Additionally, users were confusing “private conversations” (intended for groups of individual users) with limiting conversations to specific departments.

Selecting locations was also unclear - users were unsure if selecting all locations was achieved through deselecting specific locations offered, or choosing all of them.

In general users were also missing the “additional options” available when creating conversations.

Most users completely missed the More Options section at the bottom (which expands outwards) due to the visual styling

There were also more minor issues with unfriendly/technical messages and confusing interactions (e.g. a modal window closing when a user presses enter while adding items to a multiple choice survey question).

Usability solutions

Often the solutions to the problems I identified were straightforward. For example, to show users that conversations and notifications could be limited to departments, I came up with several interaction concepts, including these:

These options would allow users to select any configuration of departments they needed, and also not take up too much space in the form.

Another example of an easy fix is this concept I created for choosing a topic, where topics would drop down underneath a chosen category, using the concept of progressive disclosure to save space and only show users what they need at the time:

I also developed ideas for simplifying the list and detail views of events and classified listings:

Adding a news feed

OfficeAccord helps organizations to keep their employees informed and connected with both the business and each other.  

To do this more effectively, the team wanted to consolidate all of the data in their product’s various modules into one news feed that would give employees a quick run-down of important company news, surveys, job postings, as well as ways to connect with their colleagues through employee events, ride shares, classifieds, housing and recognitions.

Here is a rough wireframe that shows the direction we eventually took for the New Feed:

A new visual design

OfficeAccord, as a bootstrapped product, relied heavily on existing front-end libraries and frameworks. As such the interface was very generic and unattractive - and certainly not appealing to its enterprise-level clients.

As part of the visual redesign, I sat together with the OfficeAccord team and defined what they wanted from the redesign. The team’s main concern was that their software is not proprietary - there is the threat that a large company could simply clone the tool.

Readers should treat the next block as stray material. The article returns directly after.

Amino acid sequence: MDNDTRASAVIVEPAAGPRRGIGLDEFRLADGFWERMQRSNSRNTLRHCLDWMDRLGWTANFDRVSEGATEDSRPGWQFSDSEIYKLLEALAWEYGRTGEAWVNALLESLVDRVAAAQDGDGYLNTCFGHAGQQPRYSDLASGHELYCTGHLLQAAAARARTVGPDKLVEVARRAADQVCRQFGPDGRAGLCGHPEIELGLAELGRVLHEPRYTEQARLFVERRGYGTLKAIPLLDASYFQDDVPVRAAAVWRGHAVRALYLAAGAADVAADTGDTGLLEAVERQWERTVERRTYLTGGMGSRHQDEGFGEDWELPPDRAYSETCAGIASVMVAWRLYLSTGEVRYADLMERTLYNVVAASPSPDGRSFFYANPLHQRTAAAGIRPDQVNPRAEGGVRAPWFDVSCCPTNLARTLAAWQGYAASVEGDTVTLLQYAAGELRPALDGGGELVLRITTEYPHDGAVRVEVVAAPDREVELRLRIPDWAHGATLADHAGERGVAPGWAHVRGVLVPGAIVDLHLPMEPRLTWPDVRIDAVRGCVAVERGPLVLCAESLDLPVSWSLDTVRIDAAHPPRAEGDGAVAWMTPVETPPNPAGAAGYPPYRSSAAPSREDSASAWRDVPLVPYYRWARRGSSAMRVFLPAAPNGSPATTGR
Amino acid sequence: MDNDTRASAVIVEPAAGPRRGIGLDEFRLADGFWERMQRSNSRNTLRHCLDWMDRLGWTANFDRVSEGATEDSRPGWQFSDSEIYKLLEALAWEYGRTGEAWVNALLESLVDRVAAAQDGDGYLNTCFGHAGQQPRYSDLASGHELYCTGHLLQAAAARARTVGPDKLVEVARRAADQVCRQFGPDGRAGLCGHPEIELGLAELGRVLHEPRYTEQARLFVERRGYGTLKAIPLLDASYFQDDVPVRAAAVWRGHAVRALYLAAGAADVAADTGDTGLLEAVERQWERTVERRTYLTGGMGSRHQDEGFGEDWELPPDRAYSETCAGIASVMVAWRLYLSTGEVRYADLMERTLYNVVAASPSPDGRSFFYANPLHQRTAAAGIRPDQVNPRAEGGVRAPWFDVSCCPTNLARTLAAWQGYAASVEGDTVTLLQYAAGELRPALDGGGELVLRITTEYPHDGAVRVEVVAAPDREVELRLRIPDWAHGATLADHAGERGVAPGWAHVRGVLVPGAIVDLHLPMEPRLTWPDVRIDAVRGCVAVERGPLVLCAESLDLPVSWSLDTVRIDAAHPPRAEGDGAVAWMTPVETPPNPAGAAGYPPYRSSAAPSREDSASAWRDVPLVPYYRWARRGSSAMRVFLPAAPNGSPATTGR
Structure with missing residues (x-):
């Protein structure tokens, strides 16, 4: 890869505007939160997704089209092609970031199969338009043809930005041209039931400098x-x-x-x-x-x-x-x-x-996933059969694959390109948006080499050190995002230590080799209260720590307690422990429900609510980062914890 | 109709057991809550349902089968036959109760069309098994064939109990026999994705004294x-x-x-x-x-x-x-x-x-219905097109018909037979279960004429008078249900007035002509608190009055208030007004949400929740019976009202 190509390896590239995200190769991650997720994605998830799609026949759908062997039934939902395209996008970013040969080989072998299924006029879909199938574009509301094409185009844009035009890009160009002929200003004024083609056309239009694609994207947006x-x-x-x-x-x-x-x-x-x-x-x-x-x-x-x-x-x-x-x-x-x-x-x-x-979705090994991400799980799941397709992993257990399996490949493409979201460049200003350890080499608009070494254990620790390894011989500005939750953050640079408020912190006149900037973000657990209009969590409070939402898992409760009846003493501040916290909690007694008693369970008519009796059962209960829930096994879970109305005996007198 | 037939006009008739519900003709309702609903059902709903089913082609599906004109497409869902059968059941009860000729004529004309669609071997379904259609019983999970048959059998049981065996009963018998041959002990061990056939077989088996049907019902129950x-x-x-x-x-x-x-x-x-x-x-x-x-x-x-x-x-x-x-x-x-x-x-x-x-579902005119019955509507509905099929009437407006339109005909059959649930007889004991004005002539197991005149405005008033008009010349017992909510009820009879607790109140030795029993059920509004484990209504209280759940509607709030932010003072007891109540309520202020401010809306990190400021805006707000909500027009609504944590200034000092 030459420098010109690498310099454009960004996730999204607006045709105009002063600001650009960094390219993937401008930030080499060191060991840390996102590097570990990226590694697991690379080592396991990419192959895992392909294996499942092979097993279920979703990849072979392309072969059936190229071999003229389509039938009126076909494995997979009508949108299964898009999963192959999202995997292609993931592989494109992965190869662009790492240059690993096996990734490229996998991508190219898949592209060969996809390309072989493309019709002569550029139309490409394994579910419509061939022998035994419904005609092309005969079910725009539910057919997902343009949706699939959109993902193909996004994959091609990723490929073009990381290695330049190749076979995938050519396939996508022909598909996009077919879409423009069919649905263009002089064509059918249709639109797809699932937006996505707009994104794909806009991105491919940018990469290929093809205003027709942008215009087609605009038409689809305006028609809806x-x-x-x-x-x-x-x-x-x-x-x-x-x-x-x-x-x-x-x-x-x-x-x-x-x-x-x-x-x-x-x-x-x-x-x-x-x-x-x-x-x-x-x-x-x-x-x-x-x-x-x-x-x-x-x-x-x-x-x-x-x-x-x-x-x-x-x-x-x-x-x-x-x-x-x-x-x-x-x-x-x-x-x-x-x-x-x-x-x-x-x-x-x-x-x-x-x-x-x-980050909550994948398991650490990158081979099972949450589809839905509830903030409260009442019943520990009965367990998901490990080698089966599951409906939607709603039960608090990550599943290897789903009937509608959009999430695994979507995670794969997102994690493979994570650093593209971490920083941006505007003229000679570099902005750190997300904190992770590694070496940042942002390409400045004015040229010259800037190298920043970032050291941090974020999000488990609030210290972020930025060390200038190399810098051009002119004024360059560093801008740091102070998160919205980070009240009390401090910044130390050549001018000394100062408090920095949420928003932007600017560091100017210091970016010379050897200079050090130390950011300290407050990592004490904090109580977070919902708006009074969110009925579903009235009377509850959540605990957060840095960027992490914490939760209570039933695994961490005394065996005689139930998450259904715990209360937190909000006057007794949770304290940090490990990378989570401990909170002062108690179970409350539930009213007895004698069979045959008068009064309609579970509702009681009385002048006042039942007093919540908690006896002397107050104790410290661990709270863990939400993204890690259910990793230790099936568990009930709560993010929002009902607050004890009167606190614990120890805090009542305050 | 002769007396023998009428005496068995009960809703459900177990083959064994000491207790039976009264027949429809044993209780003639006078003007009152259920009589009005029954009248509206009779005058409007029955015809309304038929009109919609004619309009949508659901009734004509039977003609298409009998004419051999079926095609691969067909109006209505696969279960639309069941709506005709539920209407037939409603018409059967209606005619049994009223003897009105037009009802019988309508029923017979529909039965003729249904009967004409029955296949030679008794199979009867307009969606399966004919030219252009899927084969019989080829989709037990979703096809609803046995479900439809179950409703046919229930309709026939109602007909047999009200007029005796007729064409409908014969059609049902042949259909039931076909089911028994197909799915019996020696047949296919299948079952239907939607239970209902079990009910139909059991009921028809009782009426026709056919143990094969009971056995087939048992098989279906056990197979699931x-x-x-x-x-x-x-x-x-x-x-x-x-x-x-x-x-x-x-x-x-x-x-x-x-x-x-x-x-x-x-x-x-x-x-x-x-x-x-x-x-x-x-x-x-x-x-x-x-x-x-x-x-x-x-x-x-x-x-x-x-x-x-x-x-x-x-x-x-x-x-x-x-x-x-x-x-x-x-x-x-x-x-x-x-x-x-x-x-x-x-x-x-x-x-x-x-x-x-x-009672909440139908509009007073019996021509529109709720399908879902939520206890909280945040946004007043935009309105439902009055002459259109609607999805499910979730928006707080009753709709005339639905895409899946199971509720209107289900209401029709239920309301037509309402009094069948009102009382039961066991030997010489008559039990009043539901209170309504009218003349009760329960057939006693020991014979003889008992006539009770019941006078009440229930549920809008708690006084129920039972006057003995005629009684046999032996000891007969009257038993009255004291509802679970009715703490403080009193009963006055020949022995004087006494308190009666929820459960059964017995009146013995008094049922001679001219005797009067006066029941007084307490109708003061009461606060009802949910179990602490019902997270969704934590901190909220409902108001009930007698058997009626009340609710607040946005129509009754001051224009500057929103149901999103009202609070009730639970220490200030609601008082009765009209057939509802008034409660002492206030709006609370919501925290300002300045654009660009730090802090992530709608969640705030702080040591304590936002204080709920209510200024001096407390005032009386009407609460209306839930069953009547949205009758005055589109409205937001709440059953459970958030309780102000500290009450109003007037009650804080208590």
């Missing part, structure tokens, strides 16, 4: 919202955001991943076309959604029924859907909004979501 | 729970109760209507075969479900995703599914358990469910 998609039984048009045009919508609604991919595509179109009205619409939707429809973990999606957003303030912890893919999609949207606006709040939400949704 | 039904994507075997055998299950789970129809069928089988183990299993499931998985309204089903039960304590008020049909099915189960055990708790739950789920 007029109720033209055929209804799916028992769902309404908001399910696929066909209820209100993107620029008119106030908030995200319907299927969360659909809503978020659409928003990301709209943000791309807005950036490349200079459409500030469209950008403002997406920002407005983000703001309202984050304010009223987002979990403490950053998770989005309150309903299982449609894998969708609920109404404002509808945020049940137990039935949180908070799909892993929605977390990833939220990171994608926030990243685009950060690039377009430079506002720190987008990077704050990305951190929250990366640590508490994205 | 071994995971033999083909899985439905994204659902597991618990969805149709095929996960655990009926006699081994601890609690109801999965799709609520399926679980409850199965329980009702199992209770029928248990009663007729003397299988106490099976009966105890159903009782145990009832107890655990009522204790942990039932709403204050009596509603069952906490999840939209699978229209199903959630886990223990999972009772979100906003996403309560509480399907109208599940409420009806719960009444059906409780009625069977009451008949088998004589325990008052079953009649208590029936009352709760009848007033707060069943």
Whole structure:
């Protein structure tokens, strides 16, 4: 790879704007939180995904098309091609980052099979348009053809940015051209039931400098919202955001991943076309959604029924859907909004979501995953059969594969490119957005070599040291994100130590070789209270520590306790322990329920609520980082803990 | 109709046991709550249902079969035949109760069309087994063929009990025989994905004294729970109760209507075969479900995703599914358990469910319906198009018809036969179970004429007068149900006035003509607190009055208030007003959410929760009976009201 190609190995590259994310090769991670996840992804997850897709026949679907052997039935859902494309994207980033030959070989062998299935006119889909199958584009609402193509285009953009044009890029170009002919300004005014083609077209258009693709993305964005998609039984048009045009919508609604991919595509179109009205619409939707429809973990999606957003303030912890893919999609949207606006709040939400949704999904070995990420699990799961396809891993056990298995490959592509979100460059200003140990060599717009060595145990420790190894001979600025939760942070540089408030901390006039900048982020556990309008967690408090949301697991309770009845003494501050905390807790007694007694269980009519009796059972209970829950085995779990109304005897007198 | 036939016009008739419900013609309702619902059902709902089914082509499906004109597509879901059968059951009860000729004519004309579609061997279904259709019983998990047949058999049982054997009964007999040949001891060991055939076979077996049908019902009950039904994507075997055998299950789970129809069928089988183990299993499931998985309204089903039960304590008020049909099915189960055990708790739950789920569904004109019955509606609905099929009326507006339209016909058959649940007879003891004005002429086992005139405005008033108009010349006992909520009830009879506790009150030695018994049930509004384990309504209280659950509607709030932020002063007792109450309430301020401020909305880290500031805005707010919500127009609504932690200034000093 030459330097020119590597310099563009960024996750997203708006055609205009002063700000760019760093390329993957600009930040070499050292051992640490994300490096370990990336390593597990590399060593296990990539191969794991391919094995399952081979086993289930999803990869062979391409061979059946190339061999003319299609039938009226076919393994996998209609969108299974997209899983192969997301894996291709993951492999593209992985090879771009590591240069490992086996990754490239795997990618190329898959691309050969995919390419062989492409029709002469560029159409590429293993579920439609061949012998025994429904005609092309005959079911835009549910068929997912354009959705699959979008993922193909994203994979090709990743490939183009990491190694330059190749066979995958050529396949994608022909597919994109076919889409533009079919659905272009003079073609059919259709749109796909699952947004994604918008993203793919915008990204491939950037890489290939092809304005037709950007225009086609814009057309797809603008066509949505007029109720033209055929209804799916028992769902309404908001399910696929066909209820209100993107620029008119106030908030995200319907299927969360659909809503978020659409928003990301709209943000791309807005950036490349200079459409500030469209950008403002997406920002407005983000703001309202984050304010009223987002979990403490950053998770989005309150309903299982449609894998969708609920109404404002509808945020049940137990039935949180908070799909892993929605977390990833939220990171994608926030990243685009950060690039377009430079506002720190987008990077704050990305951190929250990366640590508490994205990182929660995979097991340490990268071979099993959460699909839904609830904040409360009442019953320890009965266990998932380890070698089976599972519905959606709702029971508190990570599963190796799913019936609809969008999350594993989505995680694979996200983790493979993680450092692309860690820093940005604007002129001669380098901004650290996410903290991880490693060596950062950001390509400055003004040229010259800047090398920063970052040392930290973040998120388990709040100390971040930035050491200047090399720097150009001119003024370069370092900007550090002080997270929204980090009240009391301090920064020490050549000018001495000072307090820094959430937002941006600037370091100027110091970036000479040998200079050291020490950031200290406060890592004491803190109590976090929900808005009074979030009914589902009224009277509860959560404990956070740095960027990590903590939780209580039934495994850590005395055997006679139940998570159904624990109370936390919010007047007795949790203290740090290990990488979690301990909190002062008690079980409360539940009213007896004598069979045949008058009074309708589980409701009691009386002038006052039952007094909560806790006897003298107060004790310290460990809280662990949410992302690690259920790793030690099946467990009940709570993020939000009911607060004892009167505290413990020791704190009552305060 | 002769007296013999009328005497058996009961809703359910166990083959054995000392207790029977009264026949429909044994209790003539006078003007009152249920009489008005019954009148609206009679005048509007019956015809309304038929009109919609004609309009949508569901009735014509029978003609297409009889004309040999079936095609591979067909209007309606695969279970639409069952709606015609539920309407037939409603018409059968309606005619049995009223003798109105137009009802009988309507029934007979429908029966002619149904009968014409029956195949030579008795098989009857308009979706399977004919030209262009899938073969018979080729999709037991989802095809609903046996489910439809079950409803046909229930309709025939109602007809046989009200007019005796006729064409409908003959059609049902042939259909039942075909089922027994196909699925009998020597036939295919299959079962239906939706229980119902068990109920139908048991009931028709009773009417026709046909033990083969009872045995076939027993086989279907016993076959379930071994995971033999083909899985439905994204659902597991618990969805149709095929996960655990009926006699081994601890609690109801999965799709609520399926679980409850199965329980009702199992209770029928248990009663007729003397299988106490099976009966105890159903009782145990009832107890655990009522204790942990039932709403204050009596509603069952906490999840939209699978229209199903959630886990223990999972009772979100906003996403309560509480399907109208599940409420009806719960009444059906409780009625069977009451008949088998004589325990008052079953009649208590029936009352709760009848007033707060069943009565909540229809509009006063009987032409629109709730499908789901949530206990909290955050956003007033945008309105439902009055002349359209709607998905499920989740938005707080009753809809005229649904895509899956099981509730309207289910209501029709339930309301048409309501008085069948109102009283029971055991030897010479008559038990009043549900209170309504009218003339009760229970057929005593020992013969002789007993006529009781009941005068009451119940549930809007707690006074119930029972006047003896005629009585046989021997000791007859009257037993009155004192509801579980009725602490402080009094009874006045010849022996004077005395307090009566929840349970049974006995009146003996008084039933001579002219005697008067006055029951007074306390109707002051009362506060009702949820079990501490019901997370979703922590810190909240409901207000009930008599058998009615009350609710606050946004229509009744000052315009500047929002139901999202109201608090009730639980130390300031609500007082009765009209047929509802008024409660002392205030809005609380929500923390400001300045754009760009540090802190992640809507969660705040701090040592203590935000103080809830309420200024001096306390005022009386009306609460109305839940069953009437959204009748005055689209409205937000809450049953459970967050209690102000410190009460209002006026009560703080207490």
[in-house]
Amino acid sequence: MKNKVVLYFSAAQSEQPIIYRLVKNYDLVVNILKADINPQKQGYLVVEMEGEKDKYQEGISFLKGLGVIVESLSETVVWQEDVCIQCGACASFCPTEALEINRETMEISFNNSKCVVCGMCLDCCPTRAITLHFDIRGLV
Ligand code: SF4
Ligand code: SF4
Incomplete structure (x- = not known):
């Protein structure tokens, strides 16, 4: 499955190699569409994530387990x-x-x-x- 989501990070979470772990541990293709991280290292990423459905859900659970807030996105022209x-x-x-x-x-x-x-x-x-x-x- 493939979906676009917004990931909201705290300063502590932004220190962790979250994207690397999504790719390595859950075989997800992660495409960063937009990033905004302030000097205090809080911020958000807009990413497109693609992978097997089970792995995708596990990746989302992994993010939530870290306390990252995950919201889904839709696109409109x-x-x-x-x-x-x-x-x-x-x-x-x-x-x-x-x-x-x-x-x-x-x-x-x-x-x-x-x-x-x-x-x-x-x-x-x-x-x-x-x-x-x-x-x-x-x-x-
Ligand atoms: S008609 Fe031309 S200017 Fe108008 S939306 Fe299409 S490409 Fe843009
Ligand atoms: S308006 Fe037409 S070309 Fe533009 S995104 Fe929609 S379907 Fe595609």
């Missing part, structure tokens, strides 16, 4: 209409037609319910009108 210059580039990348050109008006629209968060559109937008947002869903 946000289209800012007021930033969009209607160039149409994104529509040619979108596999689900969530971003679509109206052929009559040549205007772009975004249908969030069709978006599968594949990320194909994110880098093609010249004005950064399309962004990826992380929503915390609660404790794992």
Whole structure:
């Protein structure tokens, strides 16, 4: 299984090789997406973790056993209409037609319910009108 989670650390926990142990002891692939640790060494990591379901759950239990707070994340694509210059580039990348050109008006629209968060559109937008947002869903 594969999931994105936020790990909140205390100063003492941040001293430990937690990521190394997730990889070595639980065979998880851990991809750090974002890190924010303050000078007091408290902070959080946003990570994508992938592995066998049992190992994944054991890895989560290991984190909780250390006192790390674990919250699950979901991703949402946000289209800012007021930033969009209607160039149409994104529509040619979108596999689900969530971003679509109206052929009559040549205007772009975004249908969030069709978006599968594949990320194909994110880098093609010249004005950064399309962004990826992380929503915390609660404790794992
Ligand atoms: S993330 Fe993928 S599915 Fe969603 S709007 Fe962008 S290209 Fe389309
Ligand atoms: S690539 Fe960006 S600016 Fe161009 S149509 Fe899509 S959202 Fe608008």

By creating a more usable, clean, engaging, and visually attractive user interface, OfficeAccord was hoping to shield themselves from other companies attempting to create similar tools, become more competitive, and bolster their ability to retain and attract clients.

Once I understood the motivations behind the redesign, it was time to understand what type of visual style the team had in mind. I compiled a moodboard with a disparate range of designs and asked the CEO to pick the 4 or 5 he most envisioned OfficeAccord looking like.

Having determined the general direction, I began to define the elements of the visual style. I chose a medium blue, which was a shade of the official OfficeAccord brand color, as the primary color, and developed a muted palette to evoke a corporate, trustworthy feeling.

The tool had been built using the Overpass font, and due to a number of technical and corporate decisions we decided to stick with that choice.

In creating the visual style, I went with an aesthetic that was very minimal, using as much white space as possible.

OfficeAccord was built on Bootstrap 4, and in order to make development as fast as possible, I decided to match my layouts as closely as possible to existing Bootstrap components.

Here and some before-and-after images:

Adding an Item - Before
Adding an Item - After
Conversation Thread - Before
Conversation Thread - After
Ride Shares - Before
Ride Shares - After

Here are some more mockups showing the visual design system applied:

List of conversations
Creating a survey
Mobile view of an item for sale
Mobile version of the news feed
Survey results mobile view


Here's a video shot by Ben Comstock, OfficeAccord's CEO, that explains how my work impacted the company: